Demographic problems

China also has other problems that have been growing for many years and have been talked about for a long time. The country’s population – according to national data – has decreased for the first time in 60 years, and the birth rate has reached a record low of 6.77 births per 1,000 people. China’s population (about 1.41 billion at the end of 2022) has decreased by about 850,000 since 2021. The birth rate has been declining there for years, which forces the country’s authorities to try to slow down this trend. Seven years after the one-child policy was lifted, China’s demographics have entered what one official described as “an era of negative population growth.” For comparison – Poland recorded 8.7 births per 1,000 inhabitants in 2021, the United States – 11.06, and the United Kingdom – 10.08. The birth rate in the same year in India, which has probably already overtaken China in terms of population and is the most populous country in the world, was 16.42.

A change of approach to Russia?

Will the new opening be followed by changes in the country’s foreign policy? Certain symptoms for astute observers are visible, for example, in the removal of politicians responsible for the implementation of the so-called “wolf diplomacy”, i.e. the offensive communication policy of Chinese diplomats in the media, reacting to “unfriendly to China” comments in the West. According to many experts, this action brought China more harm than good. Some media outlets, such as the British daily Financial Times, citing sources in Beijing, even write that the country plans to improve relations with the West, and in particular with Europe, and to distance itself from Russia, which allegedly misled China about its actions before the invasion in Ukraine. As proof of the change in the diplomatic vector, the newspaper cites the increased number of visits by Western leaders to China. After the November meetings in Beijing of German Chancellor Olaf Scholz and European Council President Charles Michel, visits by French President Emmanuel Macron and Italian Prime Minister Giorgia Meloni are expected. For the time being, as Financial Times sources point out, China sees the possibility that Russia will not be able to win the conflict with Ukraine and will emerge from it as “an economically and diplomatically weakened power in the international arena.” Several Chinese officials told the newspaper that a growing distrust of the Russian president was felt against the backdrop of ongoing events.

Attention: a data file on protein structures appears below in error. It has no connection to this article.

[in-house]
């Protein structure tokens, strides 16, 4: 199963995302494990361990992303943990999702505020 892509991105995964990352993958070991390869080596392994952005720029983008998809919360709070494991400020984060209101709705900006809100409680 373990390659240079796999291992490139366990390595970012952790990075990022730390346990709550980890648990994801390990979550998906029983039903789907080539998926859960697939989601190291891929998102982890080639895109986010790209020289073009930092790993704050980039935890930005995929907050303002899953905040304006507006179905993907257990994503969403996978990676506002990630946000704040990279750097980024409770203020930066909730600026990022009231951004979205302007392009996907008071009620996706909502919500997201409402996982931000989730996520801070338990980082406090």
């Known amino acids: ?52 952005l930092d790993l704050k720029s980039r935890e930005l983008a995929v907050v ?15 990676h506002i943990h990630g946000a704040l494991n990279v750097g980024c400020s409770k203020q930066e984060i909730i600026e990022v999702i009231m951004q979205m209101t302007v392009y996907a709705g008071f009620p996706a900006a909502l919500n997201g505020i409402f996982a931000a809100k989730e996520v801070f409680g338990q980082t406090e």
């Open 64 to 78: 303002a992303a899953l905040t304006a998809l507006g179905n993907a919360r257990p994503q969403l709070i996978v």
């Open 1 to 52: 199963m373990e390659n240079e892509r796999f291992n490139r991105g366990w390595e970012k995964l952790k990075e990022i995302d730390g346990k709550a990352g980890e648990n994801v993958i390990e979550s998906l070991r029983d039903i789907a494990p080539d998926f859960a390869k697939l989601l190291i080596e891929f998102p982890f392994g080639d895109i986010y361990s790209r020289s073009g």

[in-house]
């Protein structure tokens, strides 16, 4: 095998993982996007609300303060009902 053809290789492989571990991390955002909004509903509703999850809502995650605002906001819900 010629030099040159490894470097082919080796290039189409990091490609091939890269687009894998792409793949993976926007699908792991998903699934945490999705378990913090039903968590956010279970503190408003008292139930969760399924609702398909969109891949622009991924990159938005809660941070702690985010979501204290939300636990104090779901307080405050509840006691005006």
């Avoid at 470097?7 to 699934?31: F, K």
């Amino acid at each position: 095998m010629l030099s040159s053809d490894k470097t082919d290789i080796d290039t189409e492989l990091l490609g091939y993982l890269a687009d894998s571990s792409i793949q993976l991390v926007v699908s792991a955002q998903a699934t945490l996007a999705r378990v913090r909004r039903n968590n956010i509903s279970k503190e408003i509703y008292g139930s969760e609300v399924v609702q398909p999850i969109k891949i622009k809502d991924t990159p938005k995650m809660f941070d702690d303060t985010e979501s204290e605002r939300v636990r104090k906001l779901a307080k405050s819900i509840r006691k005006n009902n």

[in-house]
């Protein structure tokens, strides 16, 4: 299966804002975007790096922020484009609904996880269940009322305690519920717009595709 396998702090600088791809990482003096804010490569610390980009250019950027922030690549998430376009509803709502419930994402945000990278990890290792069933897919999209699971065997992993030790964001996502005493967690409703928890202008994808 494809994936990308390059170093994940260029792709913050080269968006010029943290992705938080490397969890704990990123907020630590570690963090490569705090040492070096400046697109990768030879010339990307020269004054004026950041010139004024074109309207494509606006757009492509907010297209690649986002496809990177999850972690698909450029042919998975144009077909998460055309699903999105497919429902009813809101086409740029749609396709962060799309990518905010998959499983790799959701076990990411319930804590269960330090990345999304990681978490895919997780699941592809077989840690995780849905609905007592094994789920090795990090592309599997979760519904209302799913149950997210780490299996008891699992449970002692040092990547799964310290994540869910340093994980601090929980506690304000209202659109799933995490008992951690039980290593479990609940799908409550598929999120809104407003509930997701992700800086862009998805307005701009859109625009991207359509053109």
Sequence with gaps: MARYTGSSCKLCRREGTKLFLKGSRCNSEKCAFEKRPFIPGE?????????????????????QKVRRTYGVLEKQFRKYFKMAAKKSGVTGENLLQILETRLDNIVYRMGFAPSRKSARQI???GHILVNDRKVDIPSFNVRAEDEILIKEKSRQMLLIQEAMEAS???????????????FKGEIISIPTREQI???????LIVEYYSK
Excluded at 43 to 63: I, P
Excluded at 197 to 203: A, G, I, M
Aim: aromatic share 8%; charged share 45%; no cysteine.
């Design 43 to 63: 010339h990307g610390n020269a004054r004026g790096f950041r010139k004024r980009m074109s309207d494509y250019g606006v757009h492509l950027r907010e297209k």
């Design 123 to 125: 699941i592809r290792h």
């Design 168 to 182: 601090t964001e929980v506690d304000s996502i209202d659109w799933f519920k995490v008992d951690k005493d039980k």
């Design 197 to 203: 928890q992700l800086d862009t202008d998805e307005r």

However, no restrictions should be expected in economic and political Sino-Russian relations (Beijing has distanced itself militarily from Russia’s support from the very beginning), which are of strategic importance for China in the context of, above all, energy and relations with the United States. There is also no talk of a possible long-term détente in China-US relations. For both of these countries, the point of reference in strategic decisions is the adversary. This rivalry is structural and systemic.